STVM Featured in Akron.com Article: "STVM adapting to remote learning"
Mar 26, 2020
STVM adapting to remote learning
March 26, 2020
By Maria Lindsay
DOWNTOWN AKRON — Area schools are rapidly learning how to provide instruction to students remotely after Gov. Mike DeWine recently ordered all schools, including colleges and universities and schools for students in kindergarten through 12th grade, to close through April 3 in an effort to stem the spread of COVID-19.
St. Vincent-St. Mary (STVM) High School Principal Kim Gorr acknowledged it was a “rapid process” to make the transition.
“I was concerned a few weeks ago and so we started to compile what we needed to do to put plans into place,” said. “We are fortunate we are a Google school and most teachers had Google Classrooms [and associated software] setups. We offered training on this to teachers March 12, after assessing teacher technology skill levels and dividing into three groups, to help them explore a variety of [instructional] platforms.”
Gorr stated they have designed the online school day to run similar to a regular school day and teachers are required to be available to students and parents at least one hour each day to address concerns. Tutors also are available online to help students.
Business and information technology teacher Susan Miller said STVM students all have Chromebooks, and technology support is available to those in need.
“For the last year and a half, we have been working to get our teachers Google-certified and comfortable using all the tools,” she added. “Our teachers are well versed in the tools available that will work best for them and their subject material.
“Online education can often feel flat and lacking due to the lack of face-to-face interaction, she added. “Many teachers are hosting live, interactive lessons so students can still ask their questions in real time and have that connection. Our goal is that students will know we’re still there for them.”
School officials noted there are varying demands in different subject areas for online learning.
History teacher Anthony Boarman said he is making trips twice a week to create video lessons, so far involving the Charles Goodyear statue in Downtown Akron and the former B.F. Goodrich campus, and also doing live instructions, all through G Suite by Google and Google Meet.
“We can’t expect to go through the same amount of content as if students were in class, but we are focused on keeping them engaged, on track and in a routine to maintain learning discipline,” he added.
Biology and physics teacher Coen Cobb said he is creating online prerecorded lectures, having students take notes and submit them, and doing online worksheets and quizzes. The next day, he hosts office hours that students can elect to join to ask questions. He is also providing simulated lab experiences online.
“It has been astounding and heart-warming to witness school communities coming together to do the best that we can to educate our students,” he said. “Not only have fellow educators around the country been sharing materials and methods for this abrupt switch to online learning, but many educational and teaching companies are allowing teachers to access all of their products for free.”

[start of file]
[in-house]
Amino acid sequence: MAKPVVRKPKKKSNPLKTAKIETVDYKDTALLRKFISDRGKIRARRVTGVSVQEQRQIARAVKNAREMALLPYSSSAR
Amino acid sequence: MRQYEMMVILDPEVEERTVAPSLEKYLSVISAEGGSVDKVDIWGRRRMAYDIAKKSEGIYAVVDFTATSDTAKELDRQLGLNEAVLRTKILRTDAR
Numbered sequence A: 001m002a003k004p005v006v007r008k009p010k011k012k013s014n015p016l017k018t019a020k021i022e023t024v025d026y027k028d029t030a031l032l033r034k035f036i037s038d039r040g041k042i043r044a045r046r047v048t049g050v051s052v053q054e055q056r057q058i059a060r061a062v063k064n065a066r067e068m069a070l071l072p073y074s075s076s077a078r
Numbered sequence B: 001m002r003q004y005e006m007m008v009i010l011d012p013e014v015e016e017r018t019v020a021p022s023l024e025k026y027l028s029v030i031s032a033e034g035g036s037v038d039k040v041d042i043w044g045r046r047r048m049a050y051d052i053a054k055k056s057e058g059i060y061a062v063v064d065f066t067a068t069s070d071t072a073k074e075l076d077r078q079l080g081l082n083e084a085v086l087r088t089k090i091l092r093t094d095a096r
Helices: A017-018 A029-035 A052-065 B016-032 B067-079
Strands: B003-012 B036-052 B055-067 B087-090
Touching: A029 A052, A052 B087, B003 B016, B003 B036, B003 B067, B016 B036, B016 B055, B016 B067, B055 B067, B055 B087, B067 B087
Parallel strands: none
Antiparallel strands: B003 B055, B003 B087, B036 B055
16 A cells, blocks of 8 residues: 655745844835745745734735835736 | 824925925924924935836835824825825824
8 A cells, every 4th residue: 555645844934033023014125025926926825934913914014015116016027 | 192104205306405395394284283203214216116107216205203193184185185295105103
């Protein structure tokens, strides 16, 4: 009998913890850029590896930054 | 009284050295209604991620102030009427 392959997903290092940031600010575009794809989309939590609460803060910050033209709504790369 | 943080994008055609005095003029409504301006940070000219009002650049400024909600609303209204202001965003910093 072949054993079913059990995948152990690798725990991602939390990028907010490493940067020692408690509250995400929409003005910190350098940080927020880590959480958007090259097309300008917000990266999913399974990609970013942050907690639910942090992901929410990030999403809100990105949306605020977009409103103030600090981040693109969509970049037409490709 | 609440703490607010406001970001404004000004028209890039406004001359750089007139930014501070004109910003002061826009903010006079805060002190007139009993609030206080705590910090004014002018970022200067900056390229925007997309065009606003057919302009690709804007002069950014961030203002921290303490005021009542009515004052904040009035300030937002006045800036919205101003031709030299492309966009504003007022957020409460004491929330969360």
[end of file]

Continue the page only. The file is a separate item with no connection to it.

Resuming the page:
Math teacher Angela Sanor said students are making “seamless transitions” to remote learning. She is using Zoom for her classes, and video chats are available for students who need extra help. Her lessons included COVID-19 graphs and discussions about them, and having students take their temperatures and submitting data online to determine whether or not the average body temperature is really 98.6 degrees F.
“It’s a great activity to get them to think and interact and it is especially important that they understand the graphs they are seeing in the news … and to widen their world,” said Sanor. “Also, the students enjoy the interactive video sessions as they get to see their friends and not feel so isolated.”
Gorr said teachers and staff members are continuing to adapt to the new learning pattern, and new policies are being created to address various issues, such as absences. Teachers are testing and assessing students on the course work provided. She added staff can remotely control students’ computers to lock them during testing and prevent them from opening another screen to access answers, and they are using more projects to assess whether students understand the course work.
“This [online learning] also made us realize how important personal relationships are in the process of education, and so we are making an extra effort to build and maintain our family community to create a sense of togetherness while maintaining social distance,” she said.
She also noted teachers are sharing “uplifting messages” with students to encourage them, and administrators are emailing parents regularly to keep lines of communication open.
“These plans are in place for the next three weeks [through April 3] to ensure there is a very little gap in learning,” she said. “My hope is that we will not go through the rest of the school year like this, but we are prepared for it … by staying fluid and maintaining communications digitally with staff and parents.”